Professor Mark J. Perry's Blog for Economics and Finance
Posted 3:58 PM Post Link
Links to this post
But the Dems keep the Senate. 2012 interesting as well.
The Cook Report's House Interactive Map is also worth a look at...
Consider the Cook Report's House Interactive Map
Eric,I'm not so sure the Dems keep the Senate. Sean Trende wrote a great article on 12/31/09 telling why Scott Brown could win in Massachusetts. He based his calculations looking at 2009 governor races in VA and NJ. From 2008 to 2009, Dem turnout fell 11% and Rep turnout increased 11% in those two states. The Dem candidate share of the Dem vote increased 2 points, the Dem share of the Rep vote fell in half, and the dem share of the independent vote fell by a third. He then calculated that the race would be extremely tight. I took Sean's turnout model (which was spot on), then applied the actual polling data crosstabs from MA to make a prediction on final votes. I came with 1/2% of the correct vote total for Scott Brown.If I follow the same methodolgy that I used then, Republicans easily (>10% margin) pick up seats in North Dakota, Indiana, Arkansas, Delaware, Colorado and Pennsylvania. Republicans should pick up seats in Illinois and Wisconsin by >5%. There are 4 toss-up states with margins less than 4% (Nevada, California, Washington, Connecticut) which I call toss-ups. Republicans need to win two* of these to have a majority. The basic assumption of this methodology is that the shift in partisan voting patterns between 2008 and 2009 will carry though to Nov. 2010. Not only do I believe that it will, but the bias is for a bigger shift than this because Obama's net job approval has fallen from +6% to -4% since late 2009 early 2010.* The assumption that Republicans need to win two of the toss-up for a Senate majority depends on Florida. Charlie Crist may win the Republican held senate seat in Florida as an Indepedent. At this time it is not known whether he would caucus as a Republican or Democrat (or even push for Joe Leiberman to lead the Senate as an Independent).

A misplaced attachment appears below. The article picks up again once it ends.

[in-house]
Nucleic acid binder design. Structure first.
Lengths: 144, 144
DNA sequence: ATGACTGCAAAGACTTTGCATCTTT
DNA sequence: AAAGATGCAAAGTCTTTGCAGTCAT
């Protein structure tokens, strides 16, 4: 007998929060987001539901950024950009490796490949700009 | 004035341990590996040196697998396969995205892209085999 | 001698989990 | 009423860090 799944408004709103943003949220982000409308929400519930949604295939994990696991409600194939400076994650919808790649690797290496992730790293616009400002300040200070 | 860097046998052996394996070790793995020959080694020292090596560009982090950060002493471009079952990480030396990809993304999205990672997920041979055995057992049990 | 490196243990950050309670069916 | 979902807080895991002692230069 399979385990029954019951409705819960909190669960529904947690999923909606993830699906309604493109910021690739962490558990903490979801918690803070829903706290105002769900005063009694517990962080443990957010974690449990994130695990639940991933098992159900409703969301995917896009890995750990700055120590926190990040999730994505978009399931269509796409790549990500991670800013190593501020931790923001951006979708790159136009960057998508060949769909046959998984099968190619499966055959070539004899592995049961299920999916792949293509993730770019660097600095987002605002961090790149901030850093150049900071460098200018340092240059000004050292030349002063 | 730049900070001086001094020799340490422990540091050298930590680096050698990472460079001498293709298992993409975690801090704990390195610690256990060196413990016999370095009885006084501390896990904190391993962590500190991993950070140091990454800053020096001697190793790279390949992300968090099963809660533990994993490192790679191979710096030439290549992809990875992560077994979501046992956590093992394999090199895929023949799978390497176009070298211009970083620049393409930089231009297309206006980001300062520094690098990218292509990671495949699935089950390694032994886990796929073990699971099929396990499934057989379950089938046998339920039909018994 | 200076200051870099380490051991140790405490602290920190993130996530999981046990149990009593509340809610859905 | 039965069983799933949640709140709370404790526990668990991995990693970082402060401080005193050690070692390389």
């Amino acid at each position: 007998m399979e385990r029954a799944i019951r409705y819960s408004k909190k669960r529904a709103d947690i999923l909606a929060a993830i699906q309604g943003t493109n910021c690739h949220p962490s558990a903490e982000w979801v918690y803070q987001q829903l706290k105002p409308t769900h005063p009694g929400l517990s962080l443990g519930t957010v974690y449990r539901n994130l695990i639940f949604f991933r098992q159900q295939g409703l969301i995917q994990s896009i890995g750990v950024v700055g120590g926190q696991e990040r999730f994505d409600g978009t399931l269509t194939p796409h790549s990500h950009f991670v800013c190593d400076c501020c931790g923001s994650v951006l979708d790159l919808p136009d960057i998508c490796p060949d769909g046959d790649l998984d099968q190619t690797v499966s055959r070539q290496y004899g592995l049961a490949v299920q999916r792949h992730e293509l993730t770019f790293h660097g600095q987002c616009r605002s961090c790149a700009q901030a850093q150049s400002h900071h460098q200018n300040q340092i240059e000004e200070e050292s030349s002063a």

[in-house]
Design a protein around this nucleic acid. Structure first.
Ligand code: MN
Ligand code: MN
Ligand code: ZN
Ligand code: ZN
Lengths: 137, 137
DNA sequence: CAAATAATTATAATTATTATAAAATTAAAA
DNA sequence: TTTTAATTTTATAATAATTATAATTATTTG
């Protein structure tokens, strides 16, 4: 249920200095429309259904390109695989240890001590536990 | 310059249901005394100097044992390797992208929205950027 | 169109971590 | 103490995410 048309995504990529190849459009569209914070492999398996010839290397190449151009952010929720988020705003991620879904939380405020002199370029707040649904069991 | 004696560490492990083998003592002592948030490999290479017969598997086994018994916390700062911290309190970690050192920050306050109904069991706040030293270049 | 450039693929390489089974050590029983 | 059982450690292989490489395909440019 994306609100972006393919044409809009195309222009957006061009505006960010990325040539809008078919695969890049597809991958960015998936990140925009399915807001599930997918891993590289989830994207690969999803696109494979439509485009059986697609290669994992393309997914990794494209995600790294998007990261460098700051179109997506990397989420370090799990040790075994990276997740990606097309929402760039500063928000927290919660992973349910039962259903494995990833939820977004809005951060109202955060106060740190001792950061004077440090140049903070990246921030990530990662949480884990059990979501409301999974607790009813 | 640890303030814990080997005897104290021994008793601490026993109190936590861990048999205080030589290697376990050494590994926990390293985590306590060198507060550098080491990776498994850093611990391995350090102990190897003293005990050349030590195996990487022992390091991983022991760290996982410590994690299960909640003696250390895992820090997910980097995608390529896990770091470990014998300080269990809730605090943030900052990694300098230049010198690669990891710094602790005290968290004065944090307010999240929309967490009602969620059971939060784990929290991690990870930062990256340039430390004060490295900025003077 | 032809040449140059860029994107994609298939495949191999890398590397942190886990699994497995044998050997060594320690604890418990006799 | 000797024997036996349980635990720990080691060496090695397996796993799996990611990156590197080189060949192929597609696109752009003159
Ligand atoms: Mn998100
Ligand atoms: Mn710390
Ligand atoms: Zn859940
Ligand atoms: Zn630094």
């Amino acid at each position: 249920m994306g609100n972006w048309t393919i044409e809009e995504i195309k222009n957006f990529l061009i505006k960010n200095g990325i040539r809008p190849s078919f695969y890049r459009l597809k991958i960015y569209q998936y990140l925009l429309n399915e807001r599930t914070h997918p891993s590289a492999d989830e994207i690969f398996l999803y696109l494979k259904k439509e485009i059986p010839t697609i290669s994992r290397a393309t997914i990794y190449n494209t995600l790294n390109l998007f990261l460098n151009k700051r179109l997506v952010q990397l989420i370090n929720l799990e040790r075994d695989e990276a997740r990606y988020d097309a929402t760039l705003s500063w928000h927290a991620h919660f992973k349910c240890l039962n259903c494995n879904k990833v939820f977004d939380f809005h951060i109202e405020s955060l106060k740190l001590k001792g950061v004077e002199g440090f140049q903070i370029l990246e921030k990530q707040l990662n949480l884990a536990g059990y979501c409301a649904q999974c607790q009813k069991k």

I guess professor mark doesn't like the idea that Cook's interactive map seems to bear out what intrade is offering...
Juandos,The Cook map is very pretty and a neat tool, but unfortunately, it is not accurate for this year's election. In 2008, Democrats won the congressional vote nationwide by 8% and ended up with a 40 seat majority. Looking at the likely voter turnout nationwide (34.7% D, 35.5% R, 29.8% I) and applying registered voter preferences (Quinnipiac, Gallup, Fox), Republicans win by ~8% which should be good for a 40+ seat majority for Republicans (80 seat swing). If you apply Likely Voter crosstabs to the turnout (Rasmussen), Republicans win by ~15%. This should swing ~100 house seats.
Post a Comment
Create a Link
Dr. Mark J. Perry is a professor of economics and finance in the School of Management at the Flint campus of the University of Michigan.
Perry holds two graduate degrees in economics (M.A. and Ph.D.) from George Mason University near Washington, D.C. In addition, he holds an MBA degree in finance from the Curtis L. Carlson School of Management at the University of Minnesota. In addition to a faculty appointment at the University of Michigan-Flint, Perry is also a visiting scholar at The American Enterprise Institute in Washington, D.C.
View my complete profile